This procedure bypasses SETL buffering and calls the Posix write(2) routine directly. The file descriptor fd may or may not be open at the SETL level (see open). An attempt is made to write all #s bytes of s. This should succeed except in rather obscure circumstances, but in any case the number of bytes actually written is returned.


    Trigonometric tangent

    op tan (real) : real
    op tan (integer) : real

    Hyperbolic tangent

    op tanh (real) : real
    op tanh (integer) : real

    Autoflush output stream per other stream input

    proc tie (string, string)
    proc tie (string, integer)
    proc tie (integer, string)
    proc tie (integer, integer)

    The arguments designate open streams. After the call to tie, whenever an input operation such as reada or geta is requested on one of the two streams, any buffered output on the other is written out first. See also flush.

    There is no untie routine; it does not seem useful.


    CPU time in milliseconds

    proc time : integer

    This gives the total amount of CPU time used by the current process and all its child processes that have exited and been waited for (automatically or by wait), in milliseconds. This includes both ``user'' time and time spent by the ``system'' on behalf of the user. See also clock and tod.


    Unique temporary filename

    proc tmpnam : string

    This is an interface to the Posix tmpnam(3) routine.


    Alphabetic case conversions

    op to_lower (string) : string
    op to_upper (string) : string

    A string of length equal to that of the argument is returned. Characters other than A-Z and a-z are unaffected.


    Calendar time in milliseconds

    proc tod : integer

    This is the total number of milliseconds that have elapsed in the ``epoch'' beginning 1 January 1970 UTC. See also clock, time, date, and fdate.


    Predefined ``true'' boolean value

    true : const boolean

    See also false.


    Type of SETL value

    op type (var) : string

    Returns "ATOM", "BOOLEAN", "INTEGER", "REAL", "SET", "STRING", "TUPLE", "ROUTINE", or "OM".


    Set file creation mask

    proc umask : integer
    proc umask (integer) : integer

    This is an interface to the Posix routine umask(2). Both forms of the call return the current value of the mask, and the second form also changes it to a new value. For example,

    umask(8#022);

    arranges that files created by the SETL program and its child processes will not be writable by other users or groups unless subsequently made so by the chmod(1) command. See also system and open.


    Push character(s) back on input stream

    proc ungetc (string f, string c)
    proc ungetc (integer f, string c)

    Immediately after any input operation on the stream f that yielded at least one character c, the call ungetc(f,c) ``pushes back'' the character c on the stream f so that c will appear as the next input character. At least one character of pushback is guaranteed after at least one character has been fetched.

    See also peekc and ungetchar.


    Push character(s) back on standard input

    proc ungetchar (string c)

    The call ungetchar (c) is the same as ungetc (stdin, c).


    Convert from hexadecimal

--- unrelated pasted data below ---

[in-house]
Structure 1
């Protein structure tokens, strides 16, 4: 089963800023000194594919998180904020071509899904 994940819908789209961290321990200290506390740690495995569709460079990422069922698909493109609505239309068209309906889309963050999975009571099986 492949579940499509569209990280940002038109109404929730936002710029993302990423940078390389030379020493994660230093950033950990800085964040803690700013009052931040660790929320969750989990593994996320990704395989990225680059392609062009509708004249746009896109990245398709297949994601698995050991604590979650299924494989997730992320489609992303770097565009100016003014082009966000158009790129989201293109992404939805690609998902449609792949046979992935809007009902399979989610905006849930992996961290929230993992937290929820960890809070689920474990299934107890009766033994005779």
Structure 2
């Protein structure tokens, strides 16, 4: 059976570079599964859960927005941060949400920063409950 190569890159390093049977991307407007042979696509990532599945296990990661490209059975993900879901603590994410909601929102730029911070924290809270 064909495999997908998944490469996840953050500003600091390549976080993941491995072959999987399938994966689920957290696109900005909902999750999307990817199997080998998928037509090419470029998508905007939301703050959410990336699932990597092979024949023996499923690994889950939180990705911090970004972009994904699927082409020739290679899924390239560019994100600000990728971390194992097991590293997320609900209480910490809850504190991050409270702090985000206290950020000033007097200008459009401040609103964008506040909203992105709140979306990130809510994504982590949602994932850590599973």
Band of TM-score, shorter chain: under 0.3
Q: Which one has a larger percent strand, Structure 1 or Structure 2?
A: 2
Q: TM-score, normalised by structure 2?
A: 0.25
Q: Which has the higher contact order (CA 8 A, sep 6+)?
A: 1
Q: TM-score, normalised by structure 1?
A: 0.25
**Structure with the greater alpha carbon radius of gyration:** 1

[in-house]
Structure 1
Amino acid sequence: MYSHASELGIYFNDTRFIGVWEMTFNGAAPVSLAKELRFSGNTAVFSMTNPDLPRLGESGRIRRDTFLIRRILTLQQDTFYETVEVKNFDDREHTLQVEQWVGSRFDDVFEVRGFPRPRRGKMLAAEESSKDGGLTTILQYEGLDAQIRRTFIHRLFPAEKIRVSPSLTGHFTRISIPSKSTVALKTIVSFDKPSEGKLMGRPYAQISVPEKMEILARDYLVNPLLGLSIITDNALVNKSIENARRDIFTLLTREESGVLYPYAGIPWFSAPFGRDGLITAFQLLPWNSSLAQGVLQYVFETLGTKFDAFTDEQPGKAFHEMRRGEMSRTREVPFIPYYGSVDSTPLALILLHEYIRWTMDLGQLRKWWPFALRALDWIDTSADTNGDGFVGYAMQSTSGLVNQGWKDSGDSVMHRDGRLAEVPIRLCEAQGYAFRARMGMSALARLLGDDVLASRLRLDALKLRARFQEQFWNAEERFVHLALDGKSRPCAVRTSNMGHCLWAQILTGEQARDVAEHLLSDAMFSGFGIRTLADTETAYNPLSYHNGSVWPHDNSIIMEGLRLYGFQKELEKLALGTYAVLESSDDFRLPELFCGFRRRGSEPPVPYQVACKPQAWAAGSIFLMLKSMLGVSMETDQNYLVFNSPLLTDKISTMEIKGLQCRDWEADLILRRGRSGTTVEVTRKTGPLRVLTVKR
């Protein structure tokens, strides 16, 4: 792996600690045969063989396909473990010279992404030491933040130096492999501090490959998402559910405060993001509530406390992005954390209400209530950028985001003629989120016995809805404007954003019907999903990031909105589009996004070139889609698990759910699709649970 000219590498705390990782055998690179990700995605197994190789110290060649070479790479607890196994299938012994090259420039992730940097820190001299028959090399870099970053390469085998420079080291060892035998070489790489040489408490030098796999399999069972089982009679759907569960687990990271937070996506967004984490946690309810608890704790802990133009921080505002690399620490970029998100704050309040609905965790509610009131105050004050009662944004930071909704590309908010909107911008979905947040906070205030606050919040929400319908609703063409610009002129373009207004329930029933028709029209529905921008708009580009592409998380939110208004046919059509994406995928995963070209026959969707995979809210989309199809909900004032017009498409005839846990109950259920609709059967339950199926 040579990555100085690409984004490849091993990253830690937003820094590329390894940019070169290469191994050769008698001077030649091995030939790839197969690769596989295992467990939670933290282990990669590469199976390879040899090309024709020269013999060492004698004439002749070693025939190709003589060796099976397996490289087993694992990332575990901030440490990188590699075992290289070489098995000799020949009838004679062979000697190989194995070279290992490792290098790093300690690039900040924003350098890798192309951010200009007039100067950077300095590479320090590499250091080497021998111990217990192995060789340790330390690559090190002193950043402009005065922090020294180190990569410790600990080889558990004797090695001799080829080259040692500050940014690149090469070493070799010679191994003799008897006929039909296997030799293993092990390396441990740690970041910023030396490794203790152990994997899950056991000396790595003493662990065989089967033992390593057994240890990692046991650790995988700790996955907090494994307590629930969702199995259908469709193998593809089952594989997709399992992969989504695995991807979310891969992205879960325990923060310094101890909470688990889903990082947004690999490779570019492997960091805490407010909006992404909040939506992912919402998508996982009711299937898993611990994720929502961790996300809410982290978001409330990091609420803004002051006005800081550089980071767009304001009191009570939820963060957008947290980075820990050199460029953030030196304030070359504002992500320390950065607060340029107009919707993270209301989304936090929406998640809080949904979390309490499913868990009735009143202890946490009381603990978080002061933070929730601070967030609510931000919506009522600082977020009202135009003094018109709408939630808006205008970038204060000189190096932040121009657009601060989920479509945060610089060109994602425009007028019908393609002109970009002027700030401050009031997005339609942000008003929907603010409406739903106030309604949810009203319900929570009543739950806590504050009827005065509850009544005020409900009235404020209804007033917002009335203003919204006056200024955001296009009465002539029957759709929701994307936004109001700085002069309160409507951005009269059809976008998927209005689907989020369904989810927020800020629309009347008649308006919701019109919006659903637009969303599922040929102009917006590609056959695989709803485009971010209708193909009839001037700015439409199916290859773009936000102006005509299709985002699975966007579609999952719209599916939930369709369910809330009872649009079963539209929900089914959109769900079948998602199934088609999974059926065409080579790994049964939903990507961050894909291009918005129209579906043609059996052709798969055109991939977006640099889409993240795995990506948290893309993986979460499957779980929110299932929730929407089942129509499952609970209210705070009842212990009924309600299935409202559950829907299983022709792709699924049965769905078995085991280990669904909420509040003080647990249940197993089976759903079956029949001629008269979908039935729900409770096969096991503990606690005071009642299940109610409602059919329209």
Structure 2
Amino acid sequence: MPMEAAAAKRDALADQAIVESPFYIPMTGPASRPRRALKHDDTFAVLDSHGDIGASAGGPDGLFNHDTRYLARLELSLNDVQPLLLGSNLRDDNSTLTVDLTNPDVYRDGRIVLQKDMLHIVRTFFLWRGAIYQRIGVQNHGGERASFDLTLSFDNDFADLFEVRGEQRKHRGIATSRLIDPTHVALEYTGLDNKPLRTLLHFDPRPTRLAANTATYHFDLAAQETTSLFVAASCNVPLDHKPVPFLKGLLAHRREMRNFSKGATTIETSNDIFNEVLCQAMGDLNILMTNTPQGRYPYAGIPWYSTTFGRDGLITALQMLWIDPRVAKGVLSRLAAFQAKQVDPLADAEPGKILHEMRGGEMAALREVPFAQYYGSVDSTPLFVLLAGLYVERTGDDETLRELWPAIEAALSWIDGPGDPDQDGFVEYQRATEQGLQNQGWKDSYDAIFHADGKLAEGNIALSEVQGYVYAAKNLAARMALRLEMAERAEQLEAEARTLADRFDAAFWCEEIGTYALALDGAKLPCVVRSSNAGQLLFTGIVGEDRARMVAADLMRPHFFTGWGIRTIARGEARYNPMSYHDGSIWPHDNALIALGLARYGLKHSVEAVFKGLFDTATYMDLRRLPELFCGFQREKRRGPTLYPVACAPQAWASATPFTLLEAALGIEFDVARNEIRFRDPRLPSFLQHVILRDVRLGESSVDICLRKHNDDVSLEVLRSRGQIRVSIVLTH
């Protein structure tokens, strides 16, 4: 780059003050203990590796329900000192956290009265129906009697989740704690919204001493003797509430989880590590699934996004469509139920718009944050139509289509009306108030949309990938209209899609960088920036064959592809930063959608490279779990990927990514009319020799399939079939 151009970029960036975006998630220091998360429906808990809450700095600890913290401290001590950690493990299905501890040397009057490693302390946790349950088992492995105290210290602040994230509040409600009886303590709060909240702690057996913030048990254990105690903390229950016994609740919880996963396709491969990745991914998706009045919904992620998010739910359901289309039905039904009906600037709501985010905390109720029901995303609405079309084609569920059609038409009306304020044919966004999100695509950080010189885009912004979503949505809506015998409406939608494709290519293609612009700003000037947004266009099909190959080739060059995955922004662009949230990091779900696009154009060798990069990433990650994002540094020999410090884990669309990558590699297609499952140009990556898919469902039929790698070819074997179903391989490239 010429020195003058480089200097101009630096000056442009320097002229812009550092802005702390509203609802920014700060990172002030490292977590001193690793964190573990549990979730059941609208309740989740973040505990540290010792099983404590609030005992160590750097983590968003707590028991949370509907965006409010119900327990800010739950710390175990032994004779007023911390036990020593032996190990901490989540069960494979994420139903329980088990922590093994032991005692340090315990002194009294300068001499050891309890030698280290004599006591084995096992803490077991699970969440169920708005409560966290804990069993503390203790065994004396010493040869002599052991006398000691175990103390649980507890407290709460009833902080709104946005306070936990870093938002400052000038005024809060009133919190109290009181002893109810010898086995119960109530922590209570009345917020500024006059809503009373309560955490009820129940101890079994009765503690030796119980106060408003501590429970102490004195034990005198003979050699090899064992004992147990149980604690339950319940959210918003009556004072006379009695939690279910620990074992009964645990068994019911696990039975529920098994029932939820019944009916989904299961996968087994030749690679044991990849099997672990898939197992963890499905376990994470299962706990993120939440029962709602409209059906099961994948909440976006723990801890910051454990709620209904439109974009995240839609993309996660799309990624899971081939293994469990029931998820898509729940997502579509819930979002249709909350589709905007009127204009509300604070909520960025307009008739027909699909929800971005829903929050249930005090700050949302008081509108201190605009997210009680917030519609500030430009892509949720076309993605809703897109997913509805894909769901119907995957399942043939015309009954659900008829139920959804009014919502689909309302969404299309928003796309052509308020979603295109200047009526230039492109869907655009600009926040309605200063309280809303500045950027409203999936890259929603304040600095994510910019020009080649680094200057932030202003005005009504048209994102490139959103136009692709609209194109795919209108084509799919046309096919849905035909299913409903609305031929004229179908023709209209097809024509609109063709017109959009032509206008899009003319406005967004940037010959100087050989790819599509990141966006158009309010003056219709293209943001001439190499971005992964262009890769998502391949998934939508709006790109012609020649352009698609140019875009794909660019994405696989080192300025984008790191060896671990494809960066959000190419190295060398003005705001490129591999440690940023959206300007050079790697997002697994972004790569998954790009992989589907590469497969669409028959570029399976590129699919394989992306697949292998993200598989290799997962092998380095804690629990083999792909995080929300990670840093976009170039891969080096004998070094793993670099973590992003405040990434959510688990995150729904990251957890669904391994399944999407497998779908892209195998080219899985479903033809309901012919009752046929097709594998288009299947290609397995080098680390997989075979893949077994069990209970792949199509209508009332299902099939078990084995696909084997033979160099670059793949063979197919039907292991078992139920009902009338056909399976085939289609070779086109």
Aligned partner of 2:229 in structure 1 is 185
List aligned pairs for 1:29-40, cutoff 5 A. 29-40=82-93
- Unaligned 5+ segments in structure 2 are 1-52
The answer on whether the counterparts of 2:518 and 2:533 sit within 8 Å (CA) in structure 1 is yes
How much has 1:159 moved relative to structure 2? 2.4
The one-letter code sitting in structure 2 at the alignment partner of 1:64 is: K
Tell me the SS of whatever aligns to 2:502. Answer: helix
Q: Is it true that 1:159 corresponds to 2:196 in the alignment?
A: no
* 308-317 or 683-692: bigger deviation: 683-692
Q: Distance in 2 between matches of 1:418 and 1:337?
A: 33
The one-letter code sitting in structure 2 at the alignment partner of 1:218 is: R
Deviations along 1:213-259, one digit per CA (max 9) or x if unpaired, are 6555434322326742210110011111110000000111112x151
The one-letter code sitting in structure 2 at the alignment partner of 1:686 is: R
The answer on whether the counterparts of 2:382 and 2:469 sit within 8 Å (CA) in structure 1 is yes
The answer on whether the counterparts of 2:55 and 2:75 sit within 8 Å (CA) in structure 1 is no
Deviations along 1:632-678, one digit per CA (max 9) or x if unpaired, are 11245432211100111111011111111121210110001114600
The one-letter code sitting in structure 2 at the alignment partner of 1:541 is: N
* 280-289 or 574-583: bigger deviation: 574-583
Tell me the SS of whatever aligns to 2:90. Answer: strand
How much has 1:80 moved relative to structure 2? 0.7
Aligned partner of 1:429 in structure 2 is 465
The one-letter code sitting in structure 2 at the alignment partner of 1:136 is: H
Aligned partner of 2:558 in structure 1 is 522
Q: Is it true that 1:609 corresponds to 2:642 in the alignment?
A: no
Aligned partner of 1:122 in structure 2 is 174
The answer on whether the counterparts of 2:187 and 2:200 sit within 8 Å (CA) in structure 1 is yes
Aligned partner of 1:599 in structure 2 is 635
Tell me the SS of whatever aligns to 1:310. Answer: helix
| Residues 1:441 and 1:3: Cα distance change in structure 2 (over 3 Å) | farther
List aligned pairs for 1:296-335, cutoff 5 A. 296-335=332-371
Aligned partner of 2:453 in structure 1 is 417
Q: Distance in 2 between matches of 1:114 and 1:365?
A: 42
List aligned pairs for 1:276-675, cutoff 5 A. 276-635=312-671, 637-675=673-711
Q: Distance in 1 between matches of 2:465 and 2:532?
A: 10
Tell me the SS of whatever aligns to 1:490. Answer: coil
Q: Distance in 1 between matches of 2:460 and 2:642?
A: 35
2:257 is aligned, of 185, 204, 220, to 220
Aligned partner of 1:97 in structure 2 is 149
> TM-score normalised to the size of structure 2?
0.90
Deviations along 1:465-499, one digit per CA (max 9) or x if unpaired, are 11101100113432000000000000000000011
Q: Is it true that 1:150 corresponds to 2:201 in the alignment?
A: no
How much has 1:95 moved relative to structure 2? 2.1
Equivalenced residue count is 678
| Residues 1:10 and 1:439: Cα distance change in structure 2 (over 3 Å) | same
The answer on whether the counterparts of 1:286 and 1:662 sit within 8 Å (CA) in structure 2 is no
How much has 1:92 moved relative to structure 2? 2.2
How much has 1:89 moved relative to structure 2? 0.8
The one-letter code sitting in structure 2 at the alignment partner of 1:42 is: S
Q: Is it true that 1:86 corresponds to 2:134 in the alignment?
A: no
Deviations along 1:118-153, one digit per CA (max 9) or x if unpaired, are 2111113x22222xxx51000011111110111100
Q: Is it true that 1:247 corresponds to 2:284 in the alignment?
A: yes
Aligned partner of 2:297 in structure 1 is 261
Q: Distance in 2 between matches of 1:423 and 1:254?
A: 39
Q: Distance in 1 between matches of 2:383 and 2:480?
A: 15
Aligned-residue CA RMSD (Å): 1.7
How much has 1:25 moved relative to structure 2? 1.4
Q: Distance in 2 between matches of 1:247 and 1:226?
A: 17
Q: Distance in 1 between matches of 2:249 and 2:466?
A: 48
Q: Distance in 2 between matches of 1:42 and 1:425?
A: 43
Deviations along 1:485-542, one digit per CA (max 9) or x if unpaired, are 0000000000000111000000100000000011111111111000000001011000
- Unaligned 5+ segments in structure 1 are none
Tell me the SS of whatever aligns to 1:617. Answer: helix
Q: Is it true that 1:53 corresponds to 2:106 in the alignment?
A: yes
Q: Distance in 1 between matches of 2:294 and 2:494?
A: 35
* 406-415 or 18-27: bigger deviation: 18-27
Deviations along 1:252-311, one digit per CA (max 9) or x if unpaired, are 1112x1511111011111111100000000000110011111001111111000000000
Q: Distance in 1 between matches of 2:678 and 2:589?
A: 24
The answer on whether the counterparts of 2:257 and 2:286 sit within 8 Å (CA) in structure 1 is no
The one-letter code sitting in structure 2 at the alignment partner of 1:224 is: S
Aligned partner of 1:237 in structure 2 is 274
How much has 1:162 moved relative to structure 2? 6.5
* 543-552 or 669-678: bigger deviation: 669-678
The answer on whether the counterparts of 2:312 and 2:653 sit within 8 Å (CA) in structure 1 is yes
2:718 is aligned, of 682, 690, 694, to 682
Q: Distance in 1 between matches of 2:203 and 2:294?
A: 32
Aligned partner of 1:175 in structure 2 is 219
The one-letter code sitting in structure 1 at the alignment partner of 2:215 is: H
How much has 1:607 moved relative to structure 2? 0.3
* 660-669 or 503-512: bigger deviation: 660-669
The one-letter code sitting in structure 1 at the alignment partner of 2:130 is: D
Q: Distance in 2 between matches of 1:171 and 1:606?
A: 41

op unhex (string) : string

    This is the inverse of hex, but returns om if its argument is not a string consisting of an even number of (case-insensitively recognized) hexadecimal characters.


    Destroy file reference

    proc unlink (string f)

    Remove the name f from the file system. If f is the last reference (link) to the underlying file, including ``invisible'' references from running processes, the file will be destroyed.

    See also link, symlink, readlink, fexists, and lexists.


    Byte unpacking

    op unpack_char (string) : integer
    op unpack_short (string) : integer
    op unpack_int (string) : integer
    op unpack_long (string) : integer
    op unpack_float (string) : real
    op unpack_double (string) : real
    op unpack_long_double (string) : real

    These are low-level, machine-dependent (but not very dangerous) operators for interpreting strings as representations of the predefined C types on the machine you are running SETL on. You must pass a string of the right length for the C type suggested by the operator name (the SETL implementation should check this).

    See also pack_..., fetch_..., and store_....


    ``Unprettify'' string

    op unpretty (string s) : string

    The string s should be in ``pretty'' form, although the unpretty operator is somewhat liberal in what it accepts relative to what pretty produces. However, s must still begin and end with an apostrophe (') or begin and end with a double quote (").

    Inside s, every character must be one of the 95 characters ASCII considers ``fit to print'', including blank. The unpretty operator makes the following interpretations in transforming s into an unrestricted string:

    Backslash followed by any of the 32 ``glyphs'' (that is, all of the ASCII ``printable'' characters apart from alphanumerics and blank) means just that glyph.

    Backslash followed by up to 3 octal digits means a character having the bit pattern suggested by the digits, as in C.

    Backslash followed by x and then 1 or 2 hexadecimal digits (0123456789abcdefABCDEF) is an alternative to the octal escape.

    Backslash followed by a, b, f, n, r, t, or v means the same thing as it does in C (i.e., audible alarm, backspace, formfeed, newline, carriage return, horizontal tab, or vertical tab, respectively).